A resilient, digital new normal for Asia

Singapore’s DPM looks at the digital future.

COVID-19 has accelerated digitalisation and Industry 4.0 and many companies are responding to the fast-evolving situation, stated Heng Swee Keat, deputy prime minister of Singapore.

DPM Keat made his remarks the opening ceremony of the Industrial Transformation Asia-Pacific 2020.

He said manufacturers around the world adapted their capacities and capabilities to join the fight against COVID-19. Pharmaceutical and MedTech companies have stepped up the development and production of diagnostics, treatments, and potential vaccines. Automotive and electronics manufacturers responded to requests to produce ventilators. Breweries and distilleries converted their production lines to meet the demand for hand sanitisers.

“Companies in Singapore have also adapted well. For instance, Forefront Medical pivoted its manufacturing capability to produce swabs for COVID testing,” said the DPM. “Racer Technology branched into the production of surgical masks and face shields.”

Around the world, the lockdowns have disrupted supply chains and affected the availability of workers and companies with global supply chains were most greatly impacted.

“But I am glad that many of those based here in Singapore – such as Syngenta and Coca-Cola – are able to continue production by making adjustments to their operations, reskilling their workers and expanding their network of suppliers,” he said. “COVID-19 will be with us for some time to come, and we will not return to our way of life before the virus.”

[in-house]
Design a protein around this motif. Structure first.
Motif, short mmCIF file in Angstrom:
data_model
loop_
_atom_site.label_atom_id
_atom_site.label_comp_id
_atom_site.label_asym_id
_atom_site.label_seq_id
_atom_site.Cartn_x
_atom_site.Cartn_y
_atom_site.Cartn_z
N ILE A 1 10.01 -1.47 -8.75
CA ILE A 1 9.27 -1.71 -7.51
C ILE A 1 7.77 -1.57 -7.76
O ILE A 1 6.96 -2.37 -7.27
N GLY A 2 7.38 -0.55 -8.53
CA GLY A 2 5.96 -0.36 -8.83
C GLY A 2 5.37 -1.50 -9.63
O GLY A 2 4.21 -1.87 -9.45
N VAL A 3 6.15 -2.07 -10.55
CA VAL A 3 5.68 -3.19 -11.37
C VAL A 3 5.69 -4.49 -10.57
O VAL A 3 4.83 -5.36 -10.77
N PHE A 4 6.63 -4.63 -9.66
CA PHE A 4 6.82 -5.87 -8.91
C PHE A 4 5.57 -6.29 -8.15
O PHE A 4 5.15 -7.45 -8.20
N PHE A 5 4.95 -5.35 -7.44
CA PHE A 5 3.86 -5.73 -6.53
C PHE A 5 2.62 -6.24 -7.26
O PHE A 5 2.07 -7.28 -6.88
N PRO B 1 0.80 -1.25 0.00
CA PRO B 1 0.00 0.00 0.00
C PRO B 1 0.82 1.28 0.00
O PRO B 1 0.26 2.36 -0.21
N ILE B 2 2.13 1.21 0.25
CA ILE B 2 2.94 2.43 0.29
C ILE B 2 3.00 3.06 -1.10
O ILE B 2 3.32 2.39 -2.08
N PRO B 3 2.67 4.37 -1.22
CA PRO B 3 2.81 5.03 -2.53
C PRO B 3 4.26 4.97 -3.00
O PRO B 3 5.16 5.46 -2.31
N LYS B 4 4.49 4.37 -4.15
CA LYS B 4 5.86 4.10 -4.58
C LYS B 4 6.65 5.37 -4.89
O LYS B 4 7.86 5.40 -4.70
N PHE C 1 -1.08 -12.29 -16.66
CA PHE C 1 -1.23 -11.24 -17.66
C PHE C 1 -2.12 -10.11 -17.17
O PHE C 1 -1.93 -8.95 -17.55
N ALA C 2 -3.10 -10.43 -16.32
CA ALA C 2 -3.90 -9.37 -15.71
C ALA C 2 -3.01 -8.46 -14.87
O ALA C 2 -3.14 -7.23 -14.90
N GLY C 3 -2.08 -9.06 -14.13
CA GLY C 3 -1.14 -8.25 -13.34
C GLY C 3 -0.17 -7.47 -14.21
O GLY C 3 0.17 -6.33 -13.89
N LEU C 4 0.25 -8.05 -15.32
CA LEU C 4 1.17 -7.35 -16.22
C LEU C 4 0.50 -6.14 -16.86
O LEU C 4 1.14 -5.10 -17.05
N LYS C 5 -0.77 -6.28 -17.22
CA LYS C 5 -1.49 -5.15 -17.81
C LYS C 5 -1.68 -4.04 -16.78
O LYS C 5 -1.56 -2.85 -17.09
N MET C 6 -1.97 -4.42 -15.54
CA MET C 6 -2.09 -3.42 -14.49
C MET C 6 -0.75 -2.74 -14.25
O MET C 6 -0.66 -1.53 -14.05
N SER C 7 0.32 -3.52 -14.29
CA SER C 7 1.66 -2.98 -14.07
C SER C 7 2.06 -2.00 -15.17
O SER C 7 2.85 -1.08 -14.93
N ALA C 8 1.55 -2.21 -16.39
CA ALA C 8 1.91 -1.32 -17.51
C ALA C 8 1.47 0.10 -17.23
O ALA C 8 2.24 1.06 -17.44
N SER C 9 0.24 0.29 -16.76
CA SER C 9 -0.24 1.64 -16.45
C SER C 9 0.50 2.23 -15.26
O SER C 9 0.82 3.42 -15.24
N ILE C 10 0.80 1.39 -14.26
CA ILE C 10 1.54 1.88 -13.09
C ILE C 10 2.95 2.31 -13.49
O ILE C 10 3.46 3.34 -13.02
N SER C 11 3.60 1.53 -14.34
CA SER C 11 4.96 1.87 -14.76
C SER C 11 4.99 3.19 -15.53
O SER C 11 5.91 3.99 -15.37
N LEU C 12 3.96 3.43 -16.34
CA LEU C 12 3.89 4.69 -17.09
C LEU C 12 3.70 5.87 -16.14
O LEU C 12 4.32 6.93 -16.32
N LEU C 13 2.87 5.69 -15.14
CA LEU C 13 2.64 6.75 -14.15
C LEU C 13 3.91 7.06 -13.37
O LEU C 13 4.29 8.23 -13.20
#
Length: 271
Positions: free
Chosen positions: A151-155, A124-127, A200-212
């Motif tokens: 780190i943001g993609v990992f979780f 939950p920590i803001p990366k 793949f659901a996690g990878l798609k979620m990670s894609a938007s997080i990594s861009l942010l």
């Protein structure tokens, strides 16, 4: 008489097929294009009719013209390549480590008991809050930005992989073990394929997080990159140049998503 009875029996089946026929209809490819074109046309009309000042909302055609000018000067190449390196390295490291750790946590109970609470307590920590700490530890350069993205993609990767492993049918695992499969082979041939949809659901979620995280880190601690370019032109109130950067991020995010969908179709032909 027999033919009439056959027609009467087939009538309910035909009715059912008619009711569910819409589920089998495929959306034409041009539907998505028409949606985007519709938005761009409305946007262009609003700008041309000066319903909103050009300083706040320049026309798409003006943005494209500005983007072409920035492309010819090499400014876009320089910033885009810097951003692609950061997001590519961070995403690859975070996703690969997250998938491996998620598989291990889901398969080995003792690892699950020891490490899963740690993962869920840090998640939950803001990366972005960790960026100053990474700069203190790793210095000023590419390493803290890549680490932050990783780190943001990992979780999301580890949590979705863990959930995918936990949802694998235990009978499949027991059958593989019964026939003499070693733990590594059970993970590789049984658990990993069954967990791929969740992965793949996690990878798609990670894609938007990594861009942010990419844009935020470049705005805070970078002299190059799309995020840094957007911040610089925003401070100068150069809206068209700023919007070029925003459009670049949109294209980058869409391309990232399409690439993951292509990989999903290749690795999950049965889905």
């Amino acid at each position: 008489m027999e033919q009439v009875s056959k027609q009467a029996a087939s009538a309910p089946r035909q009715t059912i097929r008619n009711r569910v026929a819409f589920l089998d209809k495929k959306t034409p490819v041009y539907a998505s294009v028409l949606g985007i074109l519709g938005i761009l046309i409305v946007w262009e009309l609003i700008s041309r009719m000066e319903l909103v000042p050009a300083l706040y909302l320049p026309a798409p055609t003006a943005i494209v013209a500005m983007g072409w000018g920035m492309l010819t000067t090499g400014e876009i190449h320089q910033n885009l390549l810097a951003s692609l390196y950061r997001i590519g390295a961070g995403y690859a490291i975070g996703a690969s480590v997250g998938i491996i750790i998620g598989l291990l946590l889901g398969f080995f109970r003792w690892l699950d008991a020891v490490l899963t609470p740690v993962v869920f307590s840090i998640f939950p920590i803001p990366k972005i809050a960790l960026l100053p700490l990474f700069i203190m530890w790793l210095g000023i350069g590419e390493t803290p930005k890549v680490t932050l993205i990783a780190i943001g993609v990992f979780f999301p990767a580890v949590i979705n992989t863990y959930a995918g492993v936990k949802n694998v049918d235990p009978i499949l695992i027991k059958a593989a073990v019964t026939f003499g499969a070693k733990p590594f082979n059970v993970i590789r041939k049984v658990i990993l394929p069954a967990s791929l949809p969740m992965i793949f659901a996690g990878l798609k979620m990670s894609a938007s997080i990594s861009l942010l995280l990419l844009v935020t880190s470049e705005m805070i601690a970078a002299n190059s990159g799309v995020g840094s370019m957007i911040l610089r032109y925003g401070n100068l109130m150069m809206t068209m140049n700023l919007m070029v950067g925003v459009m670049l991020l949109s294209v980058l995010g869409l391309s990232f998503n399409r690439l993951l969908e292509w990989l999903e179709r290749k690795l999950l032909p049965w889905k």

The DPM noted for example, in the manufacturing sector there will be an increased premium on resilience, as companies rethink their production and supply chains. There will be added push for the reshoring, regionalisation, and diversification of production bases and supply chains.

Southeast Asia and Singapore are in a good position to be a part of this reconfiguration of supply chains in the coming years. The ten economies of Southeast Asia collectively represent the world’s fifth largest manufacturing economy, with US$600 billion in value-add. Thailand, Malaysia, and the Philippines are established manufacturing hubs for motor vehicles, electronics and chemicals. Vietnam and Indonesia are fast emerging manufacturing hubs.

“Singapore is a resilient base for advanced manufacturers in the region,” the DPM said. “As we emerge from the worst of the crisis, we are strengthening the foundations for manufacturing by increasing digital connectivity, strengthening maritime connectivity, and restoring air connectivity.”

The future of manufacturing will also be determined by the convergence of digital and other advanced technologies. IoT, AI, robotics and additive manufacturing will redefine the nature of manufacturing.

The pace of change will further accelerate, as firms seek to overcome a shortage of workers and to minimise contact between workers during this period.

Singapore is committed to develop and grow cutting-edge capabilities in advanced manufacturing.

Advanced manufacturing is a core focus of our R&D efforts, and will continue to feature prominently in our Research, Innovation and Enterprise 2025 plans.

To emerge stronger as an economy, we commissioned industry-led Alliances for Action to prototype new ideas in growth areas, such as in robotics and the digitalisation of supply chains.

“Providing a more resilient and digital base for advanced manufacturing is part of Singapore’s vision to be a Global-Asia node for technology, innovation and enterprise,” he said. “As part of this vision, we can further contribute to industrial transformation and growth in the region in three ways.

In every crisis, there is opportunity. As the Fourth Industrial Revolution gathers steam, we must make the most of the opportunities in this crisis, to ride the waves of growth in a post-COVID world.”






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